-Winston Delgado

  17. There have been generations of translations and purges-the shift that Constantine’s adaptation of Christianity as the Imperial Religion of Rome precipitated resulted in the loss of many texts and alternate viewpoints that will always leave us guessing about some things.

    Good point! The written record of the teachings of ancient prophets is not complete, and that is why God has sent new messengers today, to “restore” the truths that were lost during this time. God revealed the truths originally to His ancient prophets, and because they were lost, He has revealed them again to His modern prophets, and has also given us more records of ancient prophets (the Book of Mormon).

    These modern revelations help clarify the confusions that have perpetuated over the centuries since Christ’s death. That is why I love the Book of Mormon. For example, few people today agree as to the proper way to baptize: some people do it by sprinkling, some by immersion, etc. The Book of Mormon resolves this confusion, because the Savior teaches in the Book of Mormon that it is to be done by immersion, by somebody authorized by the Savior. I do not mean this to become a point of debate or discussion, only as an example of how modern revelation clarifies many confusions about ancient revelation.

    I believe that God is real, and that His spokesmen today really do speak for Him; I don’t think the benefit of religion resides just in its social traditions but also in its real divine origins.

    As far as “secret combinations” go, the three witness to the Book of Mormon published their names and testimony in the book itself, which is being distributed worldwide. Hardly a secret, if I may say, but rather an open testimony to the world of the things they saw. At least twelve others saw too, and have published their testimonies also.

    Thanks for the discussion!

  18. Winston,
    I commend you for your persistent search for truth; and I admire your talent in writing. Your testimony of Jesus inspires me to study more and try harder to follow His example.

    I’m trying to sum up our conversation in my mind to arrive at some conclusions. We’ve decided to embrace Jesus and His teachings; and and we claim personal revelation through the Holy Spirit as the backbone of our testimony of a living prophet. You, too, have embraced Jesus and His teachings; and after much studying have come to the conclusion that (among other things) there is no earthly tradition with a fullness of the gospel. I heard something today on the radio that might apply to this discussion: “We all follow someone. Make sure you know who you are following; and that you like where you are going.” We choose to follow Jesus, and we hold a belief that Thomas Monson is His spokesman here on earth. You’ve chosen to follow Jesus, too; and do not feel constrained by any evidence to embrace any established religion. If Thomas Monson were a true prophet, would not followers of Jesus everywhere want to listen to him? To follow Jesus in the time of Noah meant that you helped build the ark. To follow Jesus in the time of Moses meant that you fled Egypt. (Okay, that paragraph was redundant.) I think this has come full circle and brings us back to the fundamental question: how to know what is truth? I am reminded how important that question is; and this discussion has given me incentive to read, study, and pray more.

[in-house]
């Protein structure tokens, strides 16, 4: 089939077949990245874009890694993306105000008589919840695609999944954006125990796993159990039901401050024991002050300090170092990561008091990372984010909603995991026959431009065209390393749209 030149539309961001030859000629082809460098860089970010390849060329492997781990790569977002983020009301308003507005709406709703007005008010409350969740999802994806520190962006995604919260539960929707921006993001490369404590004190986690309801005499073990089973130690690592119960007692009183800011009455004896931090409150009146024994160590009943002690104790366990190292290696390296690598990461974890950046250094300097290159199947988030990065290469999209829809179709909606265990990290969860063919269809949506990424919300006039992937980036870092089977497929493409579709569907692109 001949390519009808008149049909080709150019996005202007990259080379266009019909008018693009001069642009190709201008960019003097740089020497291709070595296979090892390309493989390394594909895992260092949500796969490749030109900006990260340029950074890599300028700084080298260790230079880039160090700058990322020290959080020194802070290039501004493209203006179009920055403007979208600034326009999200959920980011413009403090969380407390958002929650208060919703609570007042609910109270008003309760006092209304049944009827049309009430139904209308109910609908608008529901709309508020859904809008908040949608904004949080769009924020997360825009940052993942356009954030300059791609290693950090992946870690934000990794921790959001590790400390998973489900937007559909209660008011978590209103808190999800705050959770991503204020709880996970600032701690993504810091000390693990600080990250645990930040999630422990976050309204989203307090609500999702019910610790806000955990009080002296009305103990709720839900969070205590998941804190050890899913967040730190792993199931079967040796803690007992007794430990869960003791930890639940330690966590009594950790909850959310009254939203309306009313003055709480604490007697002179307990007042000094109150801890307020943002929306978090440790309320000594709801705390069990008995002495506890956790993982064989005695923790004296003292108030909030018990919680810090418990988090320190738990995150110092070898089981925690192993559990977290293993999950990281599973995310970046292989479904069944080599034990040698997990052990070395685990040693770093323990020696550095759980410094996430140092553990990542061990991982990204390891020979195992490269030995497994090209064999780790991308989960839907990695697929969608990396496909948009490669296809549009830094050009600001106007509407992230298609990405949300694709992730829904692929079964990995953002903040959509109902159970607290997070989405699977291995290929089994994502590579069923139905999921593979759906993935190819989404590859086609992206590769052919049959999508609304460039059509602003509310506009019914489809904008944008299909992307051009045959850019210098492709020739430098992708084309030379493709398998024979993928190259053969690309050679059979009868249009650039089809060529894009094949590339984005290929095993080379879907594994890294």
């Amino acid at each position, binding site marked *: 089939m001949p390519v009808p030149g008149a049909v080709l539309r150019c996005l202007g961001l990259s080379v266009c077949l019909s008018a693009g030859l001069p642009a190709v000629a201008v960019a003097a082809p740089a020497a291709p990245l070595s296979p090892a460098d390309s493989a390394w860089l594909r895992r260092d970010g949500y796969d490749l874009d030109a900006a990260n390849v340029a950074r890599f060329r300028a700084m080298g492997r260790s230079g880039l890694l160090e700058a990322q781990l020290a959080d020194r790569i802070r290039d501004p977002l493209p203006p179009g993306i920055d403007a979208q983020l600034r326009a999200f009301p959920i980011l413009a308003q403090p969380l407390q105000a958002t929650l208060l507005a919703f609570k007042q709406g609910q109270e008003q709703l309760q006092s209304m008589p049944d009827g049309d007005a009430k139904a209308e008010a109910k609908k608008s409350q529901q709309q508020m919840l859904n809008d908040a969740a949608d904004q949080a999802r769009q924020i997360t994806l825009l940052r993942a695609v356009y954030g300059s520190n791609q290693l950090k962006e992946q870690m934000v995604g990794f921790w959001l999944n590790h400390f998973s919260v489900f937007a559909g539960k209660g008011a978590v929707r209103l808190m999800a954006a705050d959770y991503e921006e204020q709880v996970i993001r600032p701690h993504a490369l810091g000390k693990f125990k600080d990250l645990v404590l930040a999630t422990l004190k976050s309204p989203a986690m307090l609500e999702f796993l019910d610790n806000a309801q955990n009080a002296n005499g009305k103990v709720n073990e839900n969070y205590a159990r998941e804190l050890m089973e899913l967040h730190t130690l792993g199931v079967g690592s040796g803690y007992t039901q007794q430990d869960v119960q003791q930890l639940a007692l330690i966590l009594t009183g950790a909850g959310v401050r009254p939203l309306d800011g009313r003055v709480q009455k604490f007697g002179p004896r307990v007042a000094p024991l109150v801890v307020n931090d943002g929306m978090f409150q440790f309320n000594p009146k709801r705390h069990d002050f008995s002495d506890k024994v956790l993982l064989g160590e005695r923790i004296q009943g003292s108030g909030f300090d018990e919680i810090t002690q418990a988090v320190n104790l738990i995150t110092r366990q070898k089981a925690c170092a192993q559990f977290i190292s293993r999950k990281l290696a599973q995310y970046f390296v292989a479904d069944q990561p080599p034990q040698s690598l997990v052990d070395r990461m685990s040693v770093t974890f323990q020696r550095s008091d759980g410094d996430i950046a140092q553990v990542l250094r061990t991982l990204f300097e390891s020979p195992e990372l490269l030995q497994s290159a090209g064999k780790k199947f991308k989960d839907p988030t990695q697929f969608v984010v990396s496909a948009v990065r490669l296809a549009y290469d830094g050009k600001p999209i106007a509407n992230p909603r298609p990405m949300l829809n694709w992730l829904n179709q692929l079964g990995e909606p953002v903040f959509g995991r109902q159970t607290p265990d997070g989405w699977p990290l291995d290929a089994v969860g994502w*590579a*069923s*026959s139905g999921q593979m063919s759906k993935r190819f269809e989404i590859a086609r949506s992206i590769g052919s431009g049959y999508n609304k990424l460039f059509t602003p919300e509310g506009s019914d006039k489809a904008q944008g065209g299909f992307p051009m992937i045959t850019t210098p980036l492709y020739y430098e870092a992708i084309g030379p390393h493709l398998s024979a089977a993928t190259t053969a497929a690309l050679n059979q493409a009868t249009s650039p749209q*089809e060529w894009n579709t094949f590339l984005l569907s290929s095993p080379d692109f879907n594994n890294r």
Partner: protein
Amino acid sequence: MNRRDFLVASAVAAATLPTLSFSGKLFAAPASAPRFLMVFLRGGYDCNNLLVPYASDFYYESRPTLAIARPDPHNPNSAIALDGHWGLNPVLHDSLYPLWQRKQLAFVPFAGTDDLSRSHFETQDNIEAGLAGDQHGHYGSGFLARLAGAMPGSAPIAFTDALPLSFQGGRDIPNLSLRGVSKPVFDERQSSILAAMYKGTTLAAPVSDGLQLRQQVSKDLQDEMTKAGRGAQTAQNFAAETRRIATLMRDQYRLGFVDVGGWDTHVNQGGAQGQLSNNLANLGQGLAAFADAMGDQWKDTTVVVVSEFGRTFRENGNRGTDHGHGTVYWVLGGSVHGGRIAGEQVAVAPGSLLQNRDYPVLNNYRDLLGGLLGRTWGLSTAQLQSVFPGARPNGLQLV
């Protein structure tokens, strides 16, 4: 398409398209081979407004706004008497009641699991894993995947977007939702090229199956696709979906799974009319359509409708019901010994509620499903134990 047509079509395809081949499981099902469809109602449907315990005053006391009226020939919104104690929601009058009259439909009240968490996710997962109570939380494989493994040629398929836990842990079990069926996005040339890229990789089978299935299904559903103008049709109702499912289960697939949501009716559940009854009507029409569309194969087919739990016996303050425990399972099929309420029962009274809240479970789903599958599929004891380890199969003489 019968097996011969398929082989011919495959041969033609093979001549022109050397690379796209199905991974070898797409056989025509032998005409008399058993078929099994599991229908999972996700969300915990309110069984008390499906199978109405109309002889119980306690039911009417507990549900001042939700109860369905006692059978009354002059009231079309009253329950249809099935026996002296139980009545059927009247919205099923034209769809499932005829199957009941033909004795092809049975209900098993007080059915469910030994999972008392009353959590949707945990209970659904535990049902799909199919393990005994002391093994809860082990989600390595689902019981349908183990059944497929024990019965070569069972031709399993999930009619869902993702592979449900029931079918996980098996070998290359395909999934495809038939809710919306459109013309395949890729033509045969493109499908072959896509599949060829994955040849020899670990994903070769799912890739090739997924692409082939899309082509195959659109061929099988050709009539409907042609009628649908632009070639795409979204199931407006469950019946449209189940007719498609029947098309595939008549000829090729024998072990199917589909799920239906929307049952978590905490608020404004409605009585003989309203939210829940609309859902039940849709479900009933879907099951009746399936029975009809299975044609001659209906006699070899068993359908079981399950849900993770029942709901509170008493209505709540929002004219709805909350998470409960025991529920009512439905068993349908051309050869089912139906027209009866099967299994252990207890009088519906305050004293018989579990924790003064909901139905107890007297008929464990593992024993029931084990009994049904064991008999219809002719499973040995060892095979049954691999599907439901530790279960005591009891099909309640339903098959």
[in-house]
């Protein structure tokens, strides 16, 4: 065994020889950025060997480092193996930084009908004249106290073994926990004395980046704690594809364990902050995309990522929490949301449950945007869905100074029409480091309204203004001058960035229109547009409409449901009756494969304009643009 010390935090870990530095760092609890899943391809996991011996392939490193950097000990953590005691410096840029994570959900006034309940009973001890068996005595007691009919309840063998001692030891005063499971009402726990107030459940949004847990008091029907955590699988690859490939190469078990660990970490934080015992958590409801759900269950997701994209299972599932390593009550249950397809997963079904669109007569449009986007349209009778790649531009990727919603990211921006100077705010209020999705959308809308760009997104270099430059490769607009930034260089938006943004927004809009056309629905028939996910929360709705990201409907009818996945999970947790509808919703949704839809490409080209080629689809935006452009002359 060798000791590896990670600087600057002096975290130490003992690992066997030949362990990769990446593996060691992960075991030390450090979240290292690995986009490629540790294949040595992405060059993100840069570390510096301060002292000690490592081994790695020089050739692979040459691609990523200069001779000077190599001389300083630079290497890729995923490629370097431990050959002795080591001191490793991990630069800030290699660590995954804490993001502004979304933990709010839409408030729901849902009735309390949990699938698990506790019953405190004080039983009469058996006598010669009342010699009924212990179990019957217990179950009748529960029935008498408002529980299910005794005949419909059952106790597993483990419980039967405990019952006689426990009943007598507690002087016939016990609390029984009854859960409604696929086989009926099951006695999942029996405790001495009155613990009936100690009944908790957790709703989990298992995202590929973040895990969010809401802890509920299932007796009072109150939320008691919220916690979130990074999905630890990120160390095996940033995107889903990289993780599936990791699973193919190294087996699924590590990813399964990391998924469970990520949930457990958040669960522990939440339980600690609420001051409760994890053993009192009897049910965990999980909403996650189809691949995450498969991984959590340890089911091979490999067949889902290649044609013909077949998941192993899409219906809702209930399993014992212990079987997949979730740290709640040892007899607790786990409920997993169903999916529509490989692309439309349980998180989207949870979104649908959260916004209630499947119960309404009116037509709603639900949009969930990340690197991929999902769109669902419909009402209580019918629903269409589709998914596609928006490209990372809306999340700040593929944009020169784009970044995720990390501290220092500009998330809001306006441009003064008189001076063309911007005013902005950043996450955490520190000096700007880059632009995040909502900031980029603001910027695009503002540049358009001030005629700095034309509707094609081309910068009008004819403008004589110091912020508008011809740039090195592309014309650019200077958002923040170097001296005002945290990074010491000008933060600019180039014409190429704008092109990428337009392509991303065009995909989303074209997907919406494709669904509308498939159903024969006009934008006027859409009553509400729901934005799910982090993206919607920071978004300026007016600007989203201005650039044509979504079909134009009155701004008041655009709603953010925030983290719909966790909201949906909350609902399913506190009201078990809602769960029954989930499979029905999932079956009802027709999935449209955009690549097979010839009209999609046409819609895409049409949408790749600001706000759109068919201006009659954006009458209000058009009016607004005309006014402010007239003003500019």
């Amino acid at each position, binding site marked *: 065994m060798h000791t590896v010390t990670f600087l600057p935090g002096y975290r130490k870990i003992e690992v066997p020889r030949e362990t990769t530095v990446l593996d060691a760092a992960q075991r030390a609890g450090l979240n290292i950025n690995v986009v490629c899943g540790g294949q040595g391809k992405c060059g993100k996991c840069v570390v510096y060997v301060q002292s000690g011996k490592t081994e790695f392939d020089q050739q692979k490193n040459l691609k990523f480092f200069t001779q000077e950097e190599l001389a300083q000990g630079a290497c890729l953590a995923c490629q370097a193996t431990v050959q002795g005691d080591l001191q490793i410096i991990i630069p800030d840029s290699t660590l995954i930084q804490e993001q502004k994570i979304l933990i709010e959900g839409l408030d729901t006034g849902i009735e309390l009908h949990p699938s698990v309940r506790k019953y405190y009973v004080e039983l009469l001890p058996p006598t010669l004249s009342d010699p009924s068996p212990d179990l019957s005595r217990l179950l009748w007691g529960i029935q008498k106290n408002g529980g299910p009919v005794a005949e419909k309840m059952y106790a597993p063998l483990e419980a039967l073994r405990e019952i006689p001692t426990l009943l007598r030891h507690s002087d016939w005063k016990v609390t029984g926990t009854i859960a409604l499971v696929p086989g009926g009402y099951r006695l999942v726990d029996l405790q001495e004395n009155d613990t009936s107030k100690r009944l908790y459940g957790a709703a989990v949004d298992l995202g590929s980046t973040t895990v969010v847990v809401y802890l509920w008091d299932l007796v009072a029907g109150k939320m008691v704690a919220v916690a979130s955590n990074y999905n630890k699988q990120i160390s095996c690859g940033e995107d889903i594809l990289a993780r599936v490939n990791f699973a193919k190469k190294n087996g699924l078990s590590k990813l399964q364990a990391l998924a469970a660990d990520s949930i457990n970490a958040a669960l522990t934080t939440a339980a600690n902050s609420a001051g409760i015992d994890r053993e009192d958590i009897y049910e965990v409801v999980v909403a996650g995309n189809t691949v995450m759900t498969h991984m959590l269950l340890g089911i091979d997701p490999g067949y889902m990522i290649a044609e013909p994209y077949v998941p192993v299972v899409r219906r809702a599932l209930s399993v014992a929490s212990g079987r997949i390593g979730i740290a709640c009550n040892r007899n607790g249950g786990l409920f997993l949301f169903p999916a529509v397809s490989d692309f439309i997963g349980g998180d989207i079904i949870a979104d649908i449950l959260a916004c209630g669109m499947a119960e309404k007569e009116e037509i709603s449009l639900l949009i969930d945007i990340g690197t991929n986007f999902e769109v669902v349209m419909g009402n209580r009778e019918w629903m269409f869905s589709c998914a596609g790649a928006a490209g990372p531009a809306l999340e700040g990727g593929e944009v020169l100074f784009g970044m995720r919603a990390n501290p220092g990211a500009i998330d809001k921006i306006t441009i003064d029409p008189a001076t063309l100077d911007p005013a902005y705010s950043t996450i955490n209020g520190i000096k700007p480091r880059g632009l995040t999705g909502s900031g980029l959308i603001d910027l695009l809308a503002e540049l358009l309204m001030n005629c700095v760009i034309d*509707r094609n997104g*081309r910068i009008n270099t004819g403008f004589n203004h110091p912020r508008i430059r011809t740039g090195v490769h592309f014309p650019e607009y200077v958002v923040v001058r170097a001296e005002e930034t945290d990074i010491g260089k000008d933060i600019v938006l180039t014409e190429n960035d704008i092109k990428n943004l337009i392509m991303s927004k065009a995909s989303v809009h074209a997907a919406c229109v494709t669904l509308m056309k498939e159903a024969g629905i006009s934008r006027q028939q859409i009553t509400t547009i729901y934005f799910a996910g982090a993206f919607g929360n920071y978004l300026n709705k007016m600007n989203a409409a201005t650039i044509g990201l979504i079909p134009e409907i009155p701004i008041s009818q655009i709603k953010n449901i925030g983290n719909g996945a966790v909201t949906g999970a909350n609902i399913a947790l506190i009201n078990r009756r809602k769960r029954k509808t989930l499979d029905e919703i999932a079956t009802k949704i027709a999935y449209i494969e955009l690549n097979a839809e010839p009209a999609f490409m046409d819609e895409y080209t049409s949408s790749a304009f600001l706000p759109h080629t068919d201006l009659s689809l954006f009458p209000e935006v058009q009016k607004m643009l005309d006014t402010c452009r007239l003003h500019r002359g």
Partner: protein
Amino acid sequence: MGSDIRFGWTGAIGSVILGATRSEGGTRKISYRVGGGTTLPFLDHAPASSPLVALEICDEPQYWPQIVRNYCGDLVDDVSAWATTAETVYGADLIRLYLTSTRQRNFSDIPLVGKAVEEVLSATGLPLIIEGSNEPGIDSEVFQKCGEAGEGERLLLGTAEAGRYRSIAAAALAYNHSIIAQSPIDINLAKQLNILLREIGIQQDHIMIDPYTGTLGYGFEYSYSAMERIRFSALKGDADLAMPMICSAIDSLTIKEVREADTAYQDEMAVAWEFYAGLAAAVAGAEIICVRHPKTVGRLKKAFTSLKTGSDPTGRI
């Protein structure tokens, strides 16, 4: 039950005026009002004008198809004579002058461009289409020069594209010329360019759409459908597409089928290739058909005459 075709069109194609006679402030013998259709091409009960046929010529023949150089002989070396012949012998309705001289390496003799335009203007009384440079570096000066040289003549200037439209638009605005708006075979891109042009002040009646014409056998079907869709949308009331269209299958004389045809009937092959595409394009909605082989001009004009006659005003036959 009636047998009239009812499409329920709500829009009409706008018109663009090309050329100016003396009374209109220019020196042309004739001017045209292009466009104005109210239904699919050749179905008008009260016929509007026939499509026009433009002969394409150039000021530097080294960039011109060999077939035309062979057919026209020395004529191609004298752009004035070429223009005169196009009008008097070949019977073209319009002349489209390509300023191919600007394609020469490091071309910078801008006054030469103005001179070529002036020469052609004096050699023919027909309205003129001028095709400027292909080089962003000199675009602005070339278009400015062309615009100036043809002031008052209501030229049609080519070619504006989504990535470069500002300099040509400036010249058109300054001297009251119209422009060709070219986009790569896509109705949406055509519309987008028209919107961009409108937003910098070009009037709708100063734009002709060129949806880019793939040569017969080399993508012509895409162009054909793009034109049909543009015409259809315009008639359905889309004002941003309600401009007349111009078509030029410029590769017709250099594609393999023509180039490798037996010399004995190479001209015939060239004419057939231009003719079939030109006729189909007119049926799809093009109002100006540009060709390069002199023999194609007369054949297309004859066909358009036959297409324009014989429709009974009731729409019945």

Hey Winston, let’s stick around this blog and I am sure that Jeff, Nate, and Company will give us more opportunities to share our ideas and learn from one another. Now, if we can convince them to syndicate the comments of the blog so I can pull the comments through my RSS feeder, that would be cool. 🙂

  19. Now, if we can convince them to syndicate the comments of the blog so I can pull the comments through my RSS feeder, that would be cool.

    I wish I knew how….

  20. Did a little research for you. It looks like you need to add some code to your template file. Reading this article carefully will give you the information you need (I’ve not done it myself; plus I use blogger and anyway I don’t have the readership to demand this service).

    If that doesn’t work, hit up Connor Boyack. He’s a programmer and might have some time to help you configure it on your blog, as he has it on his. Good luck.


  21. Aaron-
    Actually, thank you very much for the RSS feed info. I had no idea what that even was before but I at least have a better idea of what it is now.

    You bring up some very interesting questions and I do get your analogy. I am not quibbling when I point out that in the Biblical tale of Noah, nobody helps him. Only his relations join him on the Ark and so there’s no reason to expect that anyone else helped as they did not get a ticket to ride. There are various Rabbinic traditions regarding Noah but few of them feature anyone helping. Some of them criticize him for not trying to warn anybody. The Koranic version of Noah’s story does state that seventy idolators converted and helped with the construction and were thus saved. Even so, that’s only about seventy people. Regarding the Jews who followed Moses; they didn’t choose to go. They were the Chosen People. Even then, many of them persisted in idolatry and paganism during the Exodus. My point is, these stories don’t tell us much about the benefits of following a leader but rather on what a terrible burden being a leader who is trying to follow God is.